What is a rotationplasty?
Valerae O. Lewis, M.D.
The Orthopaedic Oncology department at MD Anderson offers treatment for adults and children with musculoskeletal tumors. We evaluate many different types of disorders, including benign and malignant bone and soft tissue tumors, as well as metastatic lesions. We also manage orthopaedic problems in oncologic patients, who require specialized, multidisciplinary care in a comprehensive cancer center. Such problems include fractures, arthritis, avascular necrosis and osteoporosis.
One of the main objectives of the Orthopaedic Oncology department is to provide state-of-the-art treatment for primary bone tumors. Osteosarcoma, Ewing's sarcoma, Giant Cell tumors, chondroblastoma, chondrosarcoma, chordoma, and soft tissue sarcomas are some of the diseases that we treat most often. Our goal is to maximize the function of each patient with advanced surgical and reconstructive techniques.
Internal hemipelvectomy is a technically demanding surgical procedure performed for the treatment of pelvic tumors. During the procedure, a portion of the pelvis is removed while preserving blood supply and nerve function to the limb. Various reconstructive options are available to the surgeon depending on the exact location of the tumor. In 2011, the Orthopaedic Oncology department established the multidisciplinary Pelvic Sarcoma Team. This encompasses over 14 physicians from different surgical subspecialties who are dedicated to the care of pelvic sarcoma patients.
Resection of a sarcoma involves removal of the tumor with a cuff of normal tissue - this ensures the entire removal of the tumor. This can require the removal of an entire muscle group, the lining of the bone and ligaments or tendons. Expertise in limb salvage facilitates the best functional outcomes for the patient. Resection should be performed in a manner to maximize both oncologic and functional outcome.
Removing bone tumors in children frequently requires removal of one of more of the bone's growth plates. This can result in significant shortening of the limb when compared to the unaffected limb that continues to grow normally. Expandable prostheses can be used to non-invasively lengthen the limb. This is done by lengthening the prosthesis in small increments over time. The lengthening process is performed during follow up clinic visits and is done without further surgery or anesthesia.
En bloc spinal resection is complex surgery designed to remove tumors within the bones of the spine. The goal of an en bloc resection is to achieve a complete resection of the tumor in one piece, decreasing the risk of tumor spread during removal. Multiple vertebrae may be removed. Once the tumor has been removed, spine reconstruction is performed to maintain spine stability and maximize function.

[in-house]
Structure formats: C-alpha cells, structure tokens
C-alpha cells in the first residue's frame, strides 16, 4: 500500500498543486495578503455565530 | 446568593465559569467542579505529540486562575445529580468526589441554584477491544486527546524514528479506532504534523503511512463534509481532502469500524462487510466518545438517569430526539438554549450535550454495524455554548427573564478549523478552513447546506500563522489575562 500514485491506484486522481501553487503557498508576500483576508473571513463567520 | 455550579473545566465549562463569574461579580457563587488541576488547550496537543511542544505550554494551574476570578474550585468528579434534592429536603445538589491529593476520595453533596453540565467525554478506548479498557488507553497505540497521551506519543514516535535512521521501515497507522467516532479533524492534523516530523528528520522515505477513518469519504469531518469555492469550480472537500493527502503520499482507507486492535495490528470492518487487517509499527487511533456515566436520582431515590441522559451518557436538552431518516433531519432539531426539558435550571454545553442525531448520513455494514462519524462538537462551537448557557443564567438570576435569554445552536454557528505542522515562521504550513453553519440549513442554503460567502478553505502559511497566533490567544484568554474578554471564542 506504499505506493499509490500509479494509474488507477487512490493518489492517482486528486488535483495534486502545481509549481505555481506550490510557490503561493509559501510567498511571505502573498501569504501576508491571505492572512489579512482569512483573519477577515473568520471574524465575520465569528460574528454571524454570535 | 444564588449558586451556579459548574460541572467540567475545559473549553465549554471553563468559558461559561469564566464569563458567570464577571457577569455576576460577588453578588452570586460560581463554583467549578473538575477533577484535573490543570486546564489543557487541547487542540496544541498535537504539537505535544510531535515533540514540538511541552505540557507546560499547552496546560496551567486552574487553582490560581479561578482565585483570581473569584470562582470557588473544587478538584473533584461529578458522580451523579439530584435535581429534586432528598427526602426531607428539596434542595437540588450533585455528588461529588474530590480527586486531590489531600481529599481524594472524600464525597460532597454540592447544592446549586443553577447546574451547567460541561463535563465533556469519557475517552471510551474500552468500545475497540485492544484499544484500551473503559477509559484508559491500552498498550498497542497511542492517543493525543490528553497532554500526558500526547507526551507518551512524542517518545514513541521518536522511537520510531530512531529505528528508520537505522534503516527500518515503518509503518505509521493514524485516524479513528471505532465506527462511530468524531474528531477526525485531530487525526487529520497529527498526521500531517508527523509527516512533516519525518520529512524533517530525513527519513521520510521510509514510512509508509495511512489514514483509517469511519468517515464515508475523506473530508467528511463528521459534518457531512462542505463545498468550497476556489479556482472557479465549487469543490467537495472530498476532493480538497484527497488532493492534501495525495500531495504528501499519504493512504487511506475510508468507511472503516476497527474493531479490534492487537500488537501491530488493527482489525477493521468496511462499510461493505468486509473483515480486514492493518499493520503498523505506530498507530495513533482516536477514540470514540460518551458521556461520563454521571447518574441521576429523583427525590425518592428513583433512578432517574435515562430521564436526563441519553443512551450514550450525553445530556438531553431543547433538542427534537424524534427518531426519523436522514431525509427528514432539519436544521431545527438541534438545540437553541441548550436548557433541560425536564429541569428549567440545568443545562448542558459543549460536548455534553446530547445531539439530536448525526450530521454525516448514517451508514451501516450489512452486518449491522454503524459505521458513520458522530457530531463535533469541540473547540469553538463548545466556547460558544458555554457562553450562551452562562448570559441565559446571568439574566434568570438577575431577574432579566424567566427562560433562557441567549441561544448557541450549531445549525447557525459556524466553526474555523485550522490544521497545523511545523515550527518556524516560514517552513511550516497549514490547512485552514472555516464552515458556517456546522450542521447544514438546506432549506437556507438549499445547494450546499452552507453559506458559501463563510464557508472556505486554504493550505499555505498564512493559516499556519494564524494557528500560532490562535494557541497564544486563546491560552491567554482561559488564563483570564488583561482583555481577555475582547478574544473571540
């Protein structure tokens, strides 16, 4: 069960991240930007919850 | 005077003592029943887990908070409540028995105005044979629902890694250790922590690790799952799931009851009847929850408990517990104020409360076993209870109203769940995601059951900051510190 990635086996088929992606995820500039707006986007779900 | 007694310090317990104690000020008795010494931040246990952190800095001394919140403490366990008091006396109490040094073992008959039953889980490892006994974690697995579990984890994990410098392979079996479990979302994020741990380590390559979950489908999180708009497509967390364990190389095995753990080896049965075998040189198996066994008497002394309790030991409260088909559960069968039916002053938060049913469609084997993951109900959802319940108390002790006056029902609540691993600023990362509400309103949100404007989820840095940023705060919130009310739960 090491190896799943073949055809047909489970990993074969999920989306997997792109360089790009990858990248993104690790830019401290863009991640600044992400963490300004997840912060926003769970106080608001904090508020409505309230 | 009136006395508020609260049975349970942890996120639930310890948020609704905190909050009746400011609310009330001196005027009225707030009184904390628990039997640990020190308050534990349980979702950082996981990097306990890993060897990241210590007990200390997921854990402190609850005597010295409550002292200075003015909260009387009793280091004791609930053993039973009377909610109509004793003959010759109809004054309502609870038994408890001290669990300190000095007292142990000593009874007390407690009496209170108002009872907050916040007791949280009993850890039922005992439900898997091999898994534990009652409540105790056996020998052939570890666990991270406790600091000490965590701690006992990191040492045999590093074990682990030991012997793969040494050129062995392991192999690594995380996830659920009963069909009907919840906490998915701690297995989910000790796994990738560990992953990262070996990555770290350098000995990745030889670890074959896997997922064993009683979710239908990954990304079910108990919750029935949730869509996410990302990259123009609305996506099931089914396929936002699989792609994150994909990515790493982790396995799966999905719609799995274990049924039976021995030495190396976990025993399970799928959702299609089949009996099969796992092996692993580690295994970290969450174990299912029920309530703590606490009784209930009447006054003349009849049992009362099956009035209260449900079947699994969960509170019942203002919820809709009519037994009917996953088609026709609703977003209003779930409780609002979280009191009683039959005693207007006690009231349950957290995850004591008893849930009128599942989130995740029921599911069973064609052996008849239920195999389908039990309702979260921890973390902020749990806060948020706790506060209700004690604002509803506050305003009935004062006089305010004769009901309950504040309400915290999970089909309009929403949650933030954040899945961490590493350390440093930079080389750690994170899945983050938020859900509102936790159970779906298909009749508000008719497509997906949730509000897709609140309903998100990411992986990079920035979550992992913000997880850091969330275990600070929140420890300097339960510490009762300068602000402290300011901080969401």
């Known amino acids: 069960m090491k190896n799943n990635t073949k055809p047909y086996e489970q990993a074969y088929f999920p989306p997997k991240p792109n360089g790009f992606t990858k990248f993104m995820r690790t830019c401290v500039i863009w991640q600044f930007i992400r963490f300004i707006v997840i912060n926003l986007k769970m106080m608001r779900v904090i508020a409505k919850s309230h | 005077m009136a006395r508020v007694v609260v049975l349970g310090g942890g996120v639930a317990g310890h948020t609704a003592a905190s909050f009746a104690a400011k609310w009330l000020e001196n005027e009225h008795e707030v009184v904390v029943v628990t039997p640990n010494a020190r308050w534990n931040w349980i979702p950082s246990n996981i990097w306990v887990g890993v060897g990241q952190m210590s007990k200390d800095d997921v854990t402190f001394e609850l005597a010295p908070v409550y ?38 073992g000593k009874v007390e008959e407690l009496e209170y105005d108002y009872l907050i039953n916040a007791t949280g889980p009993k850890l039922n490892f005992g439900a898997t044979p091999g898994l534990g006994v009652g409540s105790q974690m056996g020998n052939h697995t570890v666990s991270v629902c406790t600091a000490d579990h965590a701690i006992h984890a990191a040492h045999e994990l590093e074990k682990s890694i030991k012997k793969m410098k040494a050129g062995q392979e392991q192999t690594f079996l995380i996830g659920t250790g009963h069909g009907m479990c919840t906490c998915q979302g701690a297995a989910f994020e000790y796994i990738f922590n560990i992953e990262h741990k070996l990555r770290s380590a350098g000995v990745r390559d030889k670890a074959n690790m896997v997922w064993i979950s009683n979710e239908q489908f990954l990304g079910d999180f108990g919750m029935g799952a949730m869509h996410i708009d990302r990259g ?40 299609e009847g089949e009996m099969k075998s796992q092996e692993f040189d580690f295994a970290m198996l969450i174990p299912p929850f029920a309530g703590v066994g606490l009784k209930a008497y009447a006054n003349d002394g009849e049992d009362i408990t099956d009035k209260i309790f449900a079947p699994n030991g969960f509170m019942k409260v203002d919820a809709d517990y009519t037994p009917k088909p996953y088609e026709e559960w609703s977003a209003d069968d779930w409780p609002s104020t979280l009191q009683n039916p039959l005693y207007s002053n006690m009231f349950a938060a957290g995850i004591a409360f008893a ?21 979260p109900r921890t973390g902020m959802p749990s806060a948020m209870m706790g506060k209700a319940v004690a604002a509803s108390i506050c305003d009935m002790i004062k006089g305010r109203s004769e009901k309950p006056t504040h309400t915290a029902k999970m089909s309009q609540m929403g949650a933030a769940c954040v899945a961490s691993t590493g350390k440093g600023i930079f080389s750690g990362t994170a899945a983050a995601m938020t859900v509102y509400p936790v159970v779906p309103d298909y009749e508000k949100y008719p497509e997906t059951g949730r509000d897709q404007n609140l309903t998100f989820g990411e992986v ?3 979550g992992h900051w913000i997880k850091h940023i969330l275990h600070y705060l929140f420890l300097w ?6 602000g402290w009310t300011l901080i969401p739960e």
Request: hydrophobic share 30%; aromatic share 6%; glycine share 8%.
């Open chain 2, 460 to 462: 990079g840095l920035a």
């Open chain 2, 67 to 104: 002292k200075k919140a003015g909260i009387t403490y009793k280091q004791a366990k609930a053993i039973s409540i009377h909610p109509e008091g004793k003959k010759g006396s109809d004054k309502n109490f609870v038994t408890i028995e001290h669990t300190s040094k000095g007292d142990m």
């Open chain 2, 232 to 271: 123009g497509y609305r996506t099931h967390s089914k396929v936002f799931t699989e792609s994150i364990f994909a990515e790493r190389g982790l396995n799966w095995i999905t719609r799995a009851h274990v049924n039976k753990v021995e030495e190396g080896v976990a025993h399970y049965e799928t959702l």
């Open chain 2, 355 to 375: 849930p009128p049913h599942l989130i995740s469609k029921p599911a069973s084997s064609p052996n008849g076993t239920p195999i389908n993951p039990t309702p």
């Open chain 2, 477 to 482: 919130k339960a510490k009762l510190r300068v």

A rotationplasty involves removing the impacted portion of the bone together with the knee joint, then rotating the lower portion of the leg 180 degrees before reattaching it. Because of the rotation of the lower limb, the ankle is now on the same plane where the knee used to be, with the foot and toes pointing backward and the heel facing forward. The ankle now bends where the knee used to bend. In pre-operative planning, the physician will take into account the age of the child and their growth potential. Given the prediction of growth remaining, the surgeon will incorporate this into the surgical-resection plan. The knee centers of both the operative and non-operative side will be equal when the child stops growing.
Computer assisted navigation surgery is specialized surgery utilizing complex 3D imaging in real time to help the surgeon localize the tumor and the surrounding critical structures. This helps the surgeon navigate complex anatomy often distorted by the tumor. This surgery improves the accuracy, precision, and safety of the procedure and is commonly used in spine, sacral and pelvic tumor resections at MD Anderson Cancer Center.
Orthopaedic Oncology Videos
Musculoskeletal Oncology Fellowship
The Orthopaedic Oncology department offers a one- or two-year optional post-graduate fellowship in orthopaedic oncology. The fellowship is designed to provide specialized training in the multidisciplinary care of benign and malignant bone and soft tissue tumors. U.S. (United States) applicants must have completed an approved orthopaedic residency program by the starting date of the fellowship, and must be board eligible or board certified. Applicants from abroad must have a current ECFMG certificate and all three parts of the USMLE successfully completed. All candidates must demonstrate a strong commitment to academic medicine.
Learn more about the Musculoskeletal Oncology Fellowship.
Orthopaedic Oncology Observer Program
The Orthopaedic Oncology Observer Program offers orthopaedic oncologists the opportunity to visit MD Anderson Cancer Center's department to observe surgical procedures in the operating room. Participants are also able to attend multidisciplinary treatment planning conferences and weekly fellow didactic programs under the guidance of experts in the field. The volume of surgical procedures scheduled per week varies based on the activities of the faculty members.
Learn more about the Orthopaedic Oncology Observer Program.
Phone and fax
Academic Office: 713-745-4840
Orthopaedic Clinic: 713-792-6235
Sarcoma Clinic: 713-792-8850
The Orthopaedic Oncology department is located on the 10th floor of the T. Boone Pickens Academic Tower.
1400 Pressler Street
Houston, Texas 77030
University of Texas MD Anderson Cancer Center
P.O. Box 301402
Houston, Texas 77230-1402